Has this ever happened to you; you put on a pair of jeans you hadn’t worn in a while and unexpectedly, you find money in the pockets???  

This has happened to me a couple of times…

Sometimes when I get change from a quick purchase, instead of putting the money in my wallet, I put it in my pocket, and forget about it…days later I find the money and it makes me happy; it is an unexpected bonus.

It seems to me that there are similarities between leap day and the money you find unexpectedly in your pockets.  Leap day -much like the money we find unexpectedly in our pockets- is not something that “magically appears”…it is time that has been stored up and emerges at one point in time. 

Leap Year Explained

In the gregorian calendar, the years are mostly 365 days long.  This period of 365 days should coincide with the time that it takes for the earth to circle once around the sun.  However, in practice it takes the earth 365 days 5 hours 48 minutes and 46 seconds to complete its trajectory around the sun.  So for three years, the extra hours are stored up and put away. On the fourth year, this extra-time -which now adds up to one whole day- appears in the calendar on February 29, which is leap day…a bonus day in the year.  

It is funny how much people enjoy leap year…it is the perception of an “extra day” that makes it special…much like the perception of the “extra money” makes me happy when I find unexpectedly some change in my pockets.

Perceptions and Values

Leap day illustrates how our perception affects the value we ascribe to things, and in turn affects the way we experience events in our lives.  February 29 is considered a “special day” in the calendar, even though it is nothing more than the extra six hours leftover in the past four years.  

This phenomenon was discussed by Dan Ariely in his book “Predictably Irrational”.  Through his experiments on behavioral economics, Ariely found that what we perceive to have value can affect our lives in concrete and significant ways.  In chapter 11 of the book, Ariely describes one particular experiment, where  students were given the same medication at different prices; one group was given the medication at 2.50 dollars a pill, and the next group was given the EXACT SAME medication at .10 cents a pill.  

Even though the medication was the exact same chemical composition, the reported relief resulting from this medication among the two groups was drastically different; ALL of the students who paid the “expensive” price for the pill reported pain relief, while only half of the students who took the “cheap” medication reported pain relief.  The experiment -according to Ariely – demonstrates how our perceptions, and the value we ascribe to things can drastically affect our concrete experiences.

It is a pity, that people who took good quality medication were prevented from experiencing the fullness of its benefits because of their perceptions of this medication as “cheap”.  The truth is, that sometimes we may perceive that are affordable and available as “cheap” but in reality…they might be very valuable.

That Which is Truly Valuable

Recently, a similar story about a study on perception, taste and priorities was circulating the web. According to this story, the Washington Post arranged for Joshua Bell, a world renowned Violinist, to play his 3.5 Million Dollar violin at the metro-station in Washington D.C.  Just a few days before, Bell had sold out at a theater in Boston where the seats averaged $100.  However that day in the subway, barely anyone stopped to listen…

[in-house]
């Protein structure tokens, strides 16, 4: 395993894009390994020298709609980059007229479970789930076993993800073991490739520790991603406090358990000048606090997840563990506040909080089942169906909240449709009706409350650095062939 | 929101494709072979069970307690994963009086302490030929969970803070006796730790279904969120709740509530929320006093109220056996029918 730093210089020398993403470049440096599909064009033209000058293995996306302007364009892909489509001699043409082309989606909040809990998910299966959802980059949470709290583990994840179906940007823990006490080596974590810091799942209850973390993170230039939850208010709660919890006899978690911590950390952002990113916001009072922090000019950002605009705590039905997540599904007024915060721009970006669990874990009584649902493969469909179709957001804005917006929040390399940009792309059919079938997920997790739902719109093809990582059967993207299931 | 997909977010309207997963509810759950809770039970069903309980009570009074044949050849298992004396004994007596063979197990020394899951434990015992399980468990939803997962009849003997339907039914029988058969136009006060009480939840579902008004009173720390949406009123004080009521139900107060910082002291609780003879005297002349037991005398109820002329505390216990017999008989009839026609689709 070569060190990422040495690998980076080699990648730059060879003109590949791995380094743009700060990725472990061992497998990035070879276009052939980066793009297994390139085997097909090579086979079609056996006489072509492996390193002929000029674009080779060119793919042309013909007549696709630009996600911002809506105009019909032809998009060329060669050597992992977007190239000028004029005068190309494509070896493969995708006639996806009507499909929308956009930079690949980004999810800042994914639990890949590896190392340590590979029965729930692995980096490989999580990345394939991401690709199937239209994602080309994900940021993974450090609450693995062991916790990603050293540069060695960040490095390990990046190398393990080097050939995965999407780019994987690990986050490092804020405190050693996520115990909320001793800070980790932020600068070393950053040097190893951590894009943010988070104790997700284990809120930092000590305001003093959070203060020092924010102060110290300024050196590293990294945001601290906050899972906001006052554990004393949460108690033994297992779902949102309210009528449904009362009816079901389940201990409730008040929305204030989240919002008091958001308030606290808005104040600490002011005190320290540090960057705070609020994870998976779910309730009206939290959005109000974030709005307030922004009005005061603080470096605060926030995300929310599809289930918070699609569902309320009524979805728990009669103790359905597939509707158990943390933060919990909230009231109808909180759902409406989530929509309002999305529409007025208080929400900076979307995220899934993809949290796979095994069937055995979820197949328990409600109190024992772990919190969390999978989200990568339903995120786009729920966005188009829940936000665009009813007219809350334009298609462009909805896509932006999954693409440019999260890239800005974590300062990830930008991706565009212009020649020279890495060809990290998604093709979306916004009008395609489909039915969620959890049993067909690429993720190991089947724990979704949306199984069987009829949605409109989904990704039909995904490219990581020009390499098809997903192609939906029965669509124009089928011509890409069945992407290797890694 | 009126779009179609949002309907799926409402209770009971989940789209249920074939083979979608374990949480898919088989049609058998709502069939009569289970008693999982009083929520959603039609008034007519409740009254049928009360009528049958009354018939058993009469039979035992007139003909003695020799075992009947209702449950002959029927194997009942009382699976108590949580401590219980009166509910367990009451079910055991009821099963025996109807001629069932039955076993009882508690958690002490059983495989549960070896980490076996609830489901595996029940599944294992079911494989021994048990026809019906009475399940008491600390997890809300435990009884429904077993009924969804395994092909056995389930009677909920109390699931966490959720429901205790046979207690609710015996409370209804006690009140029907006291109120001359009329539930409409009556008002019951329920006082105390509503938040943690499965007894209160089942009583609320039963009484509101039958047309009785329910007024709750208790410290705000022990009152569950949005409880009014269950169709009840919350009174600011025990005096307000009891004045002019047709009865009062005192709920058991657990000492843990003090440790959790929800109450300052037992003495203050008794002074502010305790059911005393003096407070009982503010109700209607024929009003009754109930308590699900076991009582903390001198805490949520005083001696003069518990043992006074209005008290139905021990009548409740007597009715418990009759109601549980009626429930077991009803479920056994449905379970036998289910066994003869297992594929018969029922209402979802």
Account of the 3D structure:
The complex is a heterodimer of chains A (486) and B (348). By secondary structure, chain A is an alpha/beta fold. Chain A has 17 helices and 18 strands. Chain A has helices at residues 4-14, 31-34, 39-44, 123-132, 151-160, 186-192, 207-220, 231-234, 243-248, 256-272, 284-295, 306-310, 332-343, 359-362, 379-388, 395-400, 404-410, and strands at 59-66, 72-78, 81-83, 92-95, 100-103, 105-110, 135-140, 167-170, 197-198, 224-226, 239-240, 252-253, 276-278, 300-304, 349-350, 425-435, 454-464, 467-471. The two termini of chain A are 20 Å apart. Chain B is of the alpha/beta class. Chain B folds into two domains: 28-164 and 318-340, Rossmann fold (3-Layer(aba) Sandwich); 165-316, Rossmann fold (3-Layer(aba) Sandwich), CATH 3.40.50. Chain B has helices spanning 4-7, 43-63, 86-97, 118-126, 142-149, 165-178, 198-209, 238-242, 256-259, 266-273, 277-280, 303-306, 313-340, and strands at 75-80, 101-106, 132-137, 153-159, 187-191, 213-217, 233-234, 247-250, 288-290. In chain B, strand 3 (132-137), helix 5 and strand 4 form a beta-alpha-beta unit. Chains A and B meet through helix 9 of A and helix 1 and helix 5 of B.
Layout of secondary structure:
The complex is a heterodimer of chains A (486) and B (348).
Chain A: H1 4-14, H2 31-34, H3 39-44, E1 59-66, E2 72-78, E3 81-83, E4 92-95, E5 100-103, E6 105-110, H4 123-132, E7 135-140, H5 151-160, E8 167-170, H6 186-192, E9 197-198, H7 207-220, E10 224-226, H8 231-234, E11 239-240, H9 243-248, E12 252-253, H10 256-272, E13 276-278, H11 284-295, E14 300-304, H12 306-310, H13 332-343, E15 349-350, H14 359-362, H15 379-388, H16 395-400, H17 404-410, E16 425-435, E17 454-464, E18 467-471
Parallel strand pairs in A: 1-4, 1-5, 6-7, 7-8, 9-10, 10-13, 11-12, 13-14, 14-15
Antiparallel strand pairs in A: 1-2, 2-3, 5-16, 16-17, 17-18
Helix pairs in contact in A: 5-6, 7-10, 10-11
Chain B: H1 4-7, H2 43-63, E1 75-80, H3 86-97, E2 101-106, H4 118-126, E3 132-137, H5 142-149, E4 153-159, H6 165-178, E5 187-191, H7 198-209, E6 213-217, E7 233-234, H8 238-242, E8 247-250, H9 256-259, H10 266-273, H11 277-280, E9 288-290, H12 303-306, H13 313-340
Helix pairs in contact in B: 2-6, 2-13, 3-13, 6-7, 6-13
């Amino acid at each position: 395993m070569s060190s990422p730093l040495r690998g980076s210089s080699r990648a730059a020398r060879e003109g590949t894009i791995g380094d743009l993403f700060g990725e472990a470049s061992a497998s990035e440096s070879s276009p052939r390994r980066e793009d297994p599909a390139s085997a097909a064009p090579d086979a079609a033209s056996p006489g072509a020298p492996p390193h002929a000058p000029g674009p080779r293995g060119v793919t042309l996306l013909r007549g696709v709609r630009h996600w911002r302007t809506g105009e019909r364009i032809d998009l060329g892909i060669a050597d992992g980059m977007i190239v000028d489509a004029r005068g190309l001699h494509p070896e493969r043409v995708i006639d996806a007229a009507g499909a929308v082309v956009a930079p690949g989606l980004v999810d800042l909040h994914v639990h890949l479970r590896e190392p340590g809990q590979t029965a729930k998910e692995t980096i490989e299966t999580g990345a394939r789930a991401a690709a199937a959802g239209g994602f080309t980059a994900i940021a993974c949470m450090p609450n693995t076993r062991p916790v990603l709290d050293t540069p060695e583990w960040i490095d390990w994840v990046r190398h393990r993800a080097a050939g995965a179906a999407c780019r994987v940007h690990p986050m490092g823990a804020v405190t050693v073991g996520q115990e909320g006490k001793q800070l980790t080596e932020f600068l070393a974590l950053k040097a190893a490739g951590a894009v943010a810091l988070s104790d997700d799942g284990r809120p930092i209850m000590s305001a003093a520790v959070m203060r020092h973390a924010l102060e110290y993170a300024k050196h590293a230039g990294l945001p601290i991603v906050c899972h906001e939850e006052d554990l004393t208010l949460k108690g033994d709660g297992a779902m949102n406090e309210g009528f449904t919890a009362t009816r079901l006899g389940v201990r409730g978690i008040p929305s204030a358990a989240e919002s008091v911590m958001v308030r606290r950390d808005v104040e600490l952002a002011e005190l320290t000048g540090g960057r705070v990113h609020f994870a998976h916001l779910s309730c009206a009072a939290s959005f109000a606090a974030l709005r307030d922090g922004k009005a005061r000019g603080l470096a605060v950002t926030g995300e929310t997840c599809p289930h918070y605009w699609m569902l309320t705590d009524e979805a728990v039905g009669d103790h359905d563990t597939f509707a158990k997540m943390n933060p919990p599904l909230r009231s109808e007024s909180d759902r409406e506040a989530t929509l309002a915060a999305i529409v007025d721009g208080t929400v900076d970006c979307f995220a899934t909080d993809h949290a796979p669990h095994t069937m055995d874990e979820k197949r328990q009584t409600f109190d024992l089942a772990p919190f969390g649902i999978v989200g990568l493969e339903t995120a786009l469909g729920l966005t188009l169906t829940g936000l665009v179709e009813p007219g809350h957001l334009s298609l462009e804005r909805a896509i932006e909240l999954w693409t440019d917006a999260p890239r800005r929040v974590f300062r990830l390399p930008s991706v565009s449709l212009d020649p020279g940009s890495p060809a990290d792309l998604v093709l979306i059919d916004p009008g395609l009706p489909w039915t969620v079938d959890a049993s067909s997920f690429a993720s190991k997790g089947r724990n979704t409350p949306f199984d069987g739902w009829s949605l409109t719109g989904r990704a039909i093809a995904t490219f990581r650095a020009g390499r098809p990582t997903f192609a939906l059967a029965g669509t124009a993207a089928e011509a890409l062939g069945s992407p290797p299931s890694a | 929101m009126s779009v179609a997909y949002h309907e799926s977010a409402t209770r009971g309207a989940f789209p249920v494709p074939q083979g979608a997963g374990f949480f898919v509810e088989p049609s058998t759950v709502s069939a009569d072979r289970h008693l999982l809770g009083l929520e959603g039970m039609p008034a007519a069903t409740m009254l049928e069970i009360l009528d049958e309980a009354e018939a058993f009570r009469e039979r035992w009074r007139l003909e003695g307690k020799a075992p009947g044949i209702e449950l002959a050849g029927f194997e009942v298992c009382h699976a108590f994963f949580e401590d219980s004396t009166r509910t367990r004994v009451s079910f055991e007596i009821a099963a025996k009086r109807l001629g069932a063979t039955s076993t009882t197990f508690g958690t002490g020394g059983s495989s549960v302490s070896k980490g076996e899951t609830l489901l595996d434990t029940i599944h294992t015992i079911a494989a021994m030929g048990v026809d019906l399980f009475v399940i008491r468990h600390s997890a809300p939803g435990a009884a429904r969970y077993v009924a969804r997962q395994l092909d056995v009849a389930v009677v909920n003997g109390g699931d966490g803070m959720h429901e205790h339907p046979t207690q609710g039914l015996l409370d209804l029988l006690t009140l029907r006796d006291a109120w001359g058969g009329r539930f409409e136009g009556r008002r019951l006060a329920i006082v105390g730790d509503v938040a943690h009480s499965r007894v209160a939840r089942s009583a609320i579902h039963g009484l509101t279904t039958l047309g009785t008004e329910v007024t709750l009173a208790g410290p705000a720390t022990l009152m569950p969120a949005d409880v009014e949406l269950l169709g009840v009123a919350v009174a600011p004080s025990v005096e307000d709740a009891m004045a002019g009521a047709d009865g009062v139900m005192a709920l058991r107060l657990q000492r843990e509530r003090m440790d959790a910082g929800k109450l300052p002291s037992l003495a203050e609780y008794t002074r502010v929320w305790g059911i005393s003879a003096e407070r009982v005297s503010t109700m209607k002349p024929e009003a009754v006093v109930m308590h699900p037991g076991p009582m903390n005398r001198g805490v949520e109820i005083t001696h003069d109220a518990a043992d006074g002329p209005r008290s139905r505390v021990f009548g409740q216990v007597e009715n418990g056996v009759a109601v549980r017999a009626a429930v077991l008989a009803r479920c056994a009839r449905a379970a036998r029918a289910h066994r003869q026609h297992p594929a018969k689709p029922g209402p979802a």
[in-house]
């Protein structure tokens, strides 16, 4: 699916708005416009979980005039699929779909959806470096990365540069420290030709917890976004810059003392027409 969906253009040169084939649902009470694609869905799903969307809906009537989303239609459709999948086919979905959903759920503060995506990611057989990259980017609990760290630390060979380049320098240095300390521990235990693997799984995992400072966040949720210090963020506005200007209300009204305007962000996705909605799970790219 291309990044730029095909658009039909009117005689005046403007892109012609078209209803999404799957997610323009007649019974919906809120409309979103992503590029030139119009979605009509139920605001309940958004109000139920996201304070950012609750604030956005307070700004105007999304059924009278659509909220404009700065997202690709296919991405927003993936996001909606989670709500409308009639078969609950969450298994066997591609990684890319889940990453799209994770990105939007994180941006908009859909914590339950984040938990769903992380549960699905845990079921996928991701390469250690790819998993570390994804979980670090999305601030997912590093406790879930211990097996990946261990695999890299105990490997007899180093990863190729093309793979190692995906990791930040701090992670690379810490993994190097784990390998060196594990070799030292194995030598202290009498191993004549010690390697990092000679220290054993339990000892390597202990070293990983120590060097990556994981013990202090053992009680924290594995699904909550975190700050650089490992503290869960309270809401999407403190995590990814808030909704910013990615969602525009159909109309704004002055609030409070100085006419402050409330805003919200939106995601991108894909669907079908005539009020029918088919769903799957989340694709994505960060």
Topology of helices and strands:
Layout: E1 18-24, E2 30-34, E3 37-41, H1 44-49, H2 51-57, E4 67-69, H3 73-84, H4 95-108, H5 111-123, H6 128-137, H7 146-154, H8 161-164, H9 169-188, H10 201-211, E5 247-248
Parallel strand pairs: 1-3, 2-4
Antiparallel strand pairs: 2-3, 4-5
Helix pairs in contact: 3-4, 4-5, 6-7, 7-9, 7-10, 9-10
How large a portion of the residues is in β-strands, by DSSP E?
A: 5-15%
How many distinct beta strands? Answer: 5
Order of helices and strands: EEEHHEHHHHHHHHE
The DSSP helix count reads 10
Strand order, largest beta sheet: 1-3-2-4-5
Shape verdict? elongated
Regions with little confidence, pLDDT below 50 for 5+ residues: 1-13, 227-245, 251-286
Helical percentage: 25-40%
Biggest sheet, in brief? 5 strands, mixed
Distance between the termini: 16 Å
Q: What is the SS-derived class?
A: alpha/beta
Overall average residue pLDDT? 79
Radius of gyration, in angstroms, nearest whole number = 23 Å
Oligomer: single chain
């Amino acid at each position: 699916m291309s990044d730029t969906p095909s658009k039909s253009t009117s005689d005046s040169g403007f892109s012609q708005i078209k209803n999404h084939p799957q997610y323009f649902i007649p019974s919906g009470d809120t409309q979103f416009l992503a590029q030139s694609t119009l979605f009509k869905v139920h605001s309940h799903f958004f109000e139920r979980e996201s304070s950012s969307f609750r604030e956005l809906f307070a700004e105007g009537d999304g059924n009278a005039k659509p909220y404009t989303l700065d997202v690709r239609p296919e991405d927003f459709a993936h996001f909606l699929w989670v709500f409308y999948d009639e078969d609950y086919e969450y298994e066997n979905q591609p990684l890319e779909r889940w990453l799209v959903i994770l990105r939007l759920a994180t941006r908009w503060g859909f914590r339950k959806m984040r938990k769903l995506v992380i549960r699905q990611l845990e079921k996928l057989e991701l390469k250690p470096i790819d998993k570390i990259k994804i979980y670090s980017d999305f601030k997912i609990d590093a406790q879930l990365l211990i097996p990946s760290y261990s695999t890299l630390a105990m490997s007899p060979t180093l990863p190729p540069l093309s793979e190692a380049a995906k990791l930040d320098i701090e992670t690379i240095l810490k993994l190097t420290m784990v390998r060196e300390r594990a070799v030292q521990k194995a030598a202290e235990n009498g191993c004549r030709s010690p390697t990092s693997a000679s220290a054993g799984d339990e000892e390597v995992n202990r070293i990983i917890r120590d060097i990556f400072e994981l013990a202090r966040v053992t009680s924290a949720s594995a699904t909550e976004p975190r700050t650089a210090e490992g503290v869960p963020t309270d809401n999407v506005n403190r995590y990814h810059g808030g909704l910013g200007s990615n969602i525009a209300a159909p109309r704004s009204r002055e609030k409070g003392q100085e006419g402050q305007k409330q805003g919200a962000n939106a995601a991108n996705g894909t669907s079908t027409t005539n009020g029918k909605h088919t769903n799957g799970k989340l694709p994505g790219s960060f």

The report on the experiment describes how this famous violinist played for 45 minutes, and during this time, it was mostly the children who wanted to stop and enjoy the performance…but the parents rushed them along.  Out of the approximately 1000 people who walked by during this time, nobody recognized Bell, or even worse, none of the adults appreciated the value of his music.  Why?  Probably because their perception of what should be valuable prevented them from appreciating the real value of the performance.  

This experiment brings to my mind the passage in Luke 10:17 where Jesus said to his disciples; I tell you the truth, anyone who will not receive the kingdom of God like a little child will never enter it.”

Perhaps what Jesus was referring to in this verse, is the quality of children that was displayed in the example of Joshua Bell…Children were the ones who took the time to appreciate that which is truly valuable, and made room to allow the transcendent into their lives.    

Lent and Leap Year

In a similar fashion to Joshua Bell’s music in the D.C. metro,  the book of Proverbs, chapter 8 describes how God’s wisdom is readily available for all of us…calling to us like a street performer.

1 Does not wisdom call out?   Does not understanding raise her voice? 

2 On the heights along the way,   where the paths meet, she takes her stand; 

3 beside the gates leading into the city,   at the entrances, she cries aloud: 

4 “To you, O men, I call out;   I raise my voice to all mankind…. 

6 Listen, for I have worthy things to say;   I open my lips to speak what is right…. 

10 Choose my instruction instead of silver,   knowledge rather than choice gold,11 for wisdom is more precious than rubies,   and nothing you desire can compare with her.

Lent this year began exactly one week before leap day…on ash Wednesday.  May this time be a time where we stop to appreciate that which is truly valuable and readily available for us…God’s grace, his love, and his wisdom in our lives given freely through Jesus Christ.